Alta. farm­ers grap­ple with late-sum­mer snow

Lethbridge Herald - - FRONT PAGE - Aleksandra Sa­gan

Some Al­berta farm­ers are con­cerned about their crops after a late-sum­mer snow­fall blan­keted parts of the prov­ince, with more flur­ries ex­pected in the fore­cast.

Early sea­son snow can squash crops that grow upright, like wheat and bar­ley, make them harder to har­vest and dec­i­mate their qual­ity, leav­ing farm­ers with a less valu­able prod­uct.

Greg Sears has been grow­ing canola, wheat, bar­ley and peas just north of Grande Prairie for about a decade and re­cently had about 15 cen­time­tres of snow cov­ered his crops, push­ing down his ce­real and canola and freez­ing any­thing that wasn‘t fully ma­ture yet.

“It’s just go­ing to be a long, slow har­vest from here on in — even if we do get some re­ally nice weather,” he said.

The area needs warm, windy weather to dry the crop, Sears said, adding the cur­rent ground con­di­tions will make it hard to get equip­ment on the land.

That dif­fi­cult har­vest comes after wild­fires in B.C. ear­lier this year cre­ated ad­di­tional pres­sure with the drift­ing smoke slow­ing down the crop de­vel­op­ment, he said.

The neigh­bour­ing prov­ince saw thou­sands of square kilo­me­tres of wood­land charred by more than 2,000 wild­fires since April, ac­cord­ing to the BC Wild­fire Ser­vice.

In ad­di­tion to slow­ing the har­vest, the snow likely de­te­ri­o­rated the crop qual­ity.

Sears hoped his bar­ley would go to a malt beer brew­ing mar­ket, but now ex­pects it’ll land else­where for a lower price. He an­tic­i­pates about $100 an acre less in rev­enue.

His wheat will likely fall from milling-grade, which is for hu­man con­sump­tion, to an­i­mal-feed qual­ity, he said. The pea crop will suf­fer on two fronts, he said, ex­pect­ing a qual­ity and yield re­duc­tion.

“It’s not unusual, but it’s not com­mon” to see this type of weather in September, said Kevin Ben­der, chair­man of the Al­berta Wheat Com­mis­sion, an in­dus­try group work­ing to boost Al­berta wheat’s pro­file.

He’s farmed pri­mar­ily wheat and canola, as well as bar­ley, oats, peas and some other crops for about three decades near the town of Bent­ley, north of Red Deer.

“We’re still white here now,” he said of the re­sults of Wed­nes­day evening’s snow­fall.

He, too, will have to wait for the snow to melt and dry be­fore har­vest­ing.

It’s likely the crops have fallen, which will make har­vest­ing more dif­fi­cult, he said, and an ex­tended ex­po­sure to heavy, wet snow or rain can de­te­ri­o­rate the qual­ity to be suitable for an­i­mal feed rather than hu­man con­sump­tion.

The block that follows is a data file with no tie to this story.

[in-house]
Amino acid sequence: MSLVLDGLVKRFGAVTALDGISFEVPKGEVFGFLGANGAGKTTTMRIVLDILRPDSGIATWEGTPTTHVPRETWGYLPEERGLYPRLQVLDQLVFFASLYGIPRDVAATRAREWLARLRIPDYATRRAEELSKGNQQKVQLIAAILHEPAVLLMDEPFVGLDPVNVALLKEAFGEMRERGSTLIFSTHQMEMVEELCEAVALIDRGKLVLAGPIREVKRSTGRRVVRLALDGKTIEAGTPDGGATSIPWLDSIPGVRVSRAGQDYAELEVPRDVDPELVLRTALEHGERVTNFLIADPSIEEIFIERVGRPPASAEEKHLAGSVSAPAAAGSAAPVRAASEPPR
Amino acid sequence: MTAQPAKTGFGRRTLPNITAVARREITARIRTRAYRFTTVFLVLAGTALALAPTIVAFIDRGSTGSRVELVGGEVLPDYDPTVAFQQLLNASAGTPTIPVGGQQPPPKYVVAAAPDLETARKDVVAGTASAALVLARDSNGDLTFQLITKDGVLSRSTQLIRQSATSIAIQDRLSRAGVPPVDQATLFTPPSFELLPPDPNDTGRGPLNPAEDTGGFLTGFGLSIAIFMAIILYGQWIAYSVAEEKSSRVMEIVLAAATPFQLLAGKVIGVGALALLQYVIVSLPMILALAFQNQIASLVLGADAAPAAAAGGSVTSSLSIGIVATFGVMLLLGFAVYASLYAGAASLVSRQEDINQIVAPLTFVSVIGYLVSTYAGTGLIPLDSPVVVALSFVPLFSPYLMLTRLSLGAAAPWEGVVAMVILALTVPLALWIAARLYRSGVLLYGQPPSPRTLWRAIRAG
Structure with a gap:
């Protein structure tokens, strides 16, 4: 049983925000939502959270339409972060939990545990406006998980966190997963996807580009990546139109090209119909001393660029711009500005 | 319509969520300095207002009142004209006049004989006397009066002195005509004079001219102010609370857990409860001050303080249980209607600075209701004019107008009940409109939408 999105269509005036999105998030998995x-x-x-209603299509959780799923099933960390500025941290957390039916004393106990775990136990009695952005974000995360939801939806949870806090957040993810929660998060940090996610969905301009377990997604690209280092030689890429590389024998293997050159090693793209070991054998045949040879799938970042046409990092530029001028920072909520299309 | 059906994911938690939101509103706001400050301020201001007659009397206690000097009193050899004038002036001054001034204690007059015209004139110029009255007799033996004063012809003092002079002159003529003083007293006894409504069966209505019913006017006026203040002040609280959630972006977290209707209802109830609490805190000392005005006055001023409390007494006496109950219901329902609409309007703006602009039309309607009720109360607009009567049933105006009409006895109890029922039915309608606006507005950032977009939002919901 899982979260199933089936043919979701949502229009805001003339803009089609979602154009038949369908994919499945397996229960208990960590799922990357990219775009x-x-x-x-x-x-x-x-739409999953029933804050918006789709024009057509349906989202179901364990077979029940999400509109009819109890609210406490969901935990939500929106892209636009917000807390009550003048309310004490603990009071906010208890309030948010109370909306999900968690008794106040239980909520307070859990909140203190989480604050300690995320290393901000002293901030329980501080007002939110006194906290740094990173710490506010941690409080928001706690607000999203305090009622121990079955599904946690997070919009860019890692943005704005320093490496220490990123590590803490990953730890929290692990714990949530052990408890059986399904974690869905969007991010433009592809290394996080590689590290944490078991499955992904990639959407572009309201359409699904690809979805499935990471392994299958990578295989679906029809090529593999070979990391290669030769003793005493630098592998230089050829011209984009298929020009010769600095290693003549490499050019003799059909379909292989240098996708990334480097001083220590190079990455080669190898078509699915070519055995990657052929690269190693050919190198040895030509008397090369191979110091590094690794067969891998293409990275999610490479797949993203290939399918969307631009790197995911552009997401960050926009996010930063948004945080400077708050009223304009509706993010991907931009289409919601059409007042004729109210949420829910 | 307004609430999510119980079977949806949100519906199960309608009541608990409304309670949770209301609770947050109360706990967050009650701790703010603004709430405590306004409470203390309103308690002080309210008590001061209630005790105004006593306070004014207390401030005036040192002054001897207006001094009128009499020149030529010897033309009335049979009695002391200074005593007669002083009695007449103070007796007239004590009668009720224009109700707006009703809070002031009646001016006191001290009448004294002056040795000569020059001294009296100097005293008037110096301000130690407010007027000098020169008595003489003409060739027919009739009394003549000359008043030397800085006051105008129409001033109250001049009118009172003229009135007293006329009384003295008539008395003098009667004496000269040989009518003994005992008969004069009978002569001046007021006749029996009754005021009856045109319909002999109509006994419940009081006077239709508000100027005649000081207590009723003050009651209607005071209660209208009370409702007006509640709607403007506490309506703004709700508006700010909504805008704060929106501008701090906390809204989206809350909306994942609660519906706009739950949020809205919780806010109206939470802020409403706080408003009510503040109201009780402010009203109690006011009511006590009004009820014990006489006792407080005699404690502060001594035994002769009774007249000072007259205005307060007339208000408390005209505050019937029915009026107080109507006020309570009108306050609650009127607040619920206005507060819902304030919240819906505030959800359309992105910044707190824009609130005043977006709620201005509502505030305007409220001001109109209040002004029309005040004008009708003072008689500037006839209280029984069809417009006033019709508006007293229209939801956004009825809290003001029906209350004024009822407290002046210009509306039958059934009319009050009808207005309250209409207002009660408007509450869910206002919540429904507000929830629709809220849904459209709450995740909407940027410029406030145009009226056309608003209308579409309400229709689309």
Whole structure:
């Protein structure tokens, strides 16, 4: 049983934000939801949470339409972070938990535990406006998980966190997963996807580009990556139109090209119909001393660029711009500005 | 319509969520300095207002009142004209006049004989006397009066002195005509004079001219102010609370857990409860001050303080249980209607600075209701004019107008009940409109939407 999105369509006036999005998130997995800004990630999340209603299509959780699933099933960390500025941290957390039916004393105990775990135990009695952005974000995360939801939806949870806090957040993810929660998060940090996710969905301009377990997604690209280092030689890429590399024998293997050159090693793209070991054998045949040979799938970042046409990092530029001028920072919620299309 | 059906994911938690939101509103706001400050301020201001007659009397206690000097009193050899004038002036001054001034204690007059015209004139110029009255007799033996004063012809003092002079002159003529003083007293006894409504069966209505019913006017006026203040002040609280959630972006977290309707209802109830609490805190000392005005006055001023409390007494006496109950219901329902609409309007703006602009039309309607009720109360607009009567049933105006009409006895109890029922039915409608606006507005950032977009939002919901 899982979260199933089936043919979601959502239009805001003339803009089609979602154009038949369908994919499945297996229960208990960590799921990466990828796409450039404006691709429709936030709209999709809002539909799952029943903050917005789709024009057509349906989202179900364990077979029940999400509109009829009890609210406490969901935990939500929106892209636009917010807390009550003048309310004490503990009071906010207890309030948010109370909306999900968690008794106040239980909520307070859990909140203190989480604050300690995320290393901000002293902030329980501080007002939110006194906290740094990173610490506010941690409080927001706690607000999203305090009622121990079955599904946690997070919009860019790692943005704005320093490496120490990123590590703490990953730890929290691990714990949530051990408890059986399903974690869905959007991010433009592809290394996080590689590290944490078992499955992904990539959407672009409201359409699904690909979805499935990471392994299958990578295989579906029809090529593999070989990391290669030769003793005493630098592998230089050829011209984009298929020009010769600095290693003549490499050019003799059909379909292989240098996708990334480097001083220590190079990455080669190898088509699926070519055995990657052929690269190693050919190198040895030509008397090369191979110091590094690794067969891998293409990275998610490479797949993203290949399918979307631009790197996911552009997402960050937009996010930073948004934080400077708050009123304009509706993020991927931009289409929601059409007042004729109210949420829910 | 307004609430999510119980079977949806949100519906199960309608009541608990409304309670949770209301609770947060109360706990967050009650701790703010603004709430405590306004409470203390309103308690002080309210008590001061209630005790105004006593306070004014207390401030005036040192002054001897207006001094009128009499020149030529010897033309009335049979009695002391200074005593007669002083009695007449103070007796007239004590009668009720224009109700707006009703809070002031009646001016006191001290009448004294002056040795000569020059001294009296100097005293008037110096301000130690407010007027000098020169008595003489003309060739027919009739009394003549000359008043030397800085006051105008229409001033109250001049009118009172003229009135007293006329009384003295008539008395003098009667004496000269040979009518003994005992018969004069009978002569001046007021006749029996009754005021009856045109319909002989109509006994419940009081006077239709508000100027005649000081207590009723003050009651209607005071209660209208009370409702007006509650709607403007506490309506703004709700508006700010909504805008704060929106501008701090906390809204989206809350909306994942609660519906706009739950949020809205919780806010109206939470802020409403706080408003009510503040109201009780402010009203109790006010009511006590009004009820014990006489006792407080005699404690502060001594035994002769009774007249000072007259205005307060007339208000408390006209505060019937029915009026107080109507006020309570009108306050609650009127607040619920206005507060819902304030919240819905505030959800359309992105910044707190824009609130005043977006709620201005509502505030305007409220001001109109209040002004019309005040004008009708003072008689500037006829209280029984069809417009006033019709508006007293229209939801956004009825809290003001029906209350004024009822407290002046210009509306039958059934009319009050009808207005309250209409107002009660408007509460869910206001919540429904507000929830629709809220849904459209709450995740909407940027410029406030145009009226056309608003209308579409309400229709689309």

The price dif­fer­ence de­pends on how much of each type is avail­able, Ben­der said. If weather neg­a­tively im­pacts a lot of the Prairies and there’s a plethora of feed-qual­ity wheat, he said the gap in price could be as big as be­tween 30 and 40 per cent.

Ben­der drove around the area Fri­day and said he saw the ma­jor­ity of crops are still rel­a­tively upright with a few lean­ing over, so there’s still good po­ten­tial they’ll qual­ify for the hu­man-con­sump­tion mar­ket.

For some farm­ers, the snow pro­vided a lit­tle re­lief.

Gord Visser has been grow­ing pota­toes in Stur­geon County, just north of Ed­mon­ton, for decades.

He spent some sleep­less nights re­cently wor­ry­ing that im­pend­ing frost could de­stroy a large chunk of his cur­rent crop, but the snow pro­vided a blan­ket to in­su­late his spuds from the cold.

Still, the weather de­layed how soon he could har­vest his 500 acres by about a week, he said, be­cause it’s too muddy to work. He’s still got 60 per cent of the crop left to bring in and typ­i­cally aims to be fin­ished by the end of September.

Now, it looks like the har­vest won’t be done un­til Oc­to­ber, when the risk for colder weather is higher.

“As you get fur­ther into the fall,” he said, “there’s more threat of an­other weather event com­ing.”

Weather wor­ries are par for the course for farm­ers, said Ben­der.

“We know that weather changes and one year is go­ing to be com­pletely dif­fer­ent from the next,” he said. “So we just have to be pre­pared, and we are. We adapt rel­a­tively well to it.”

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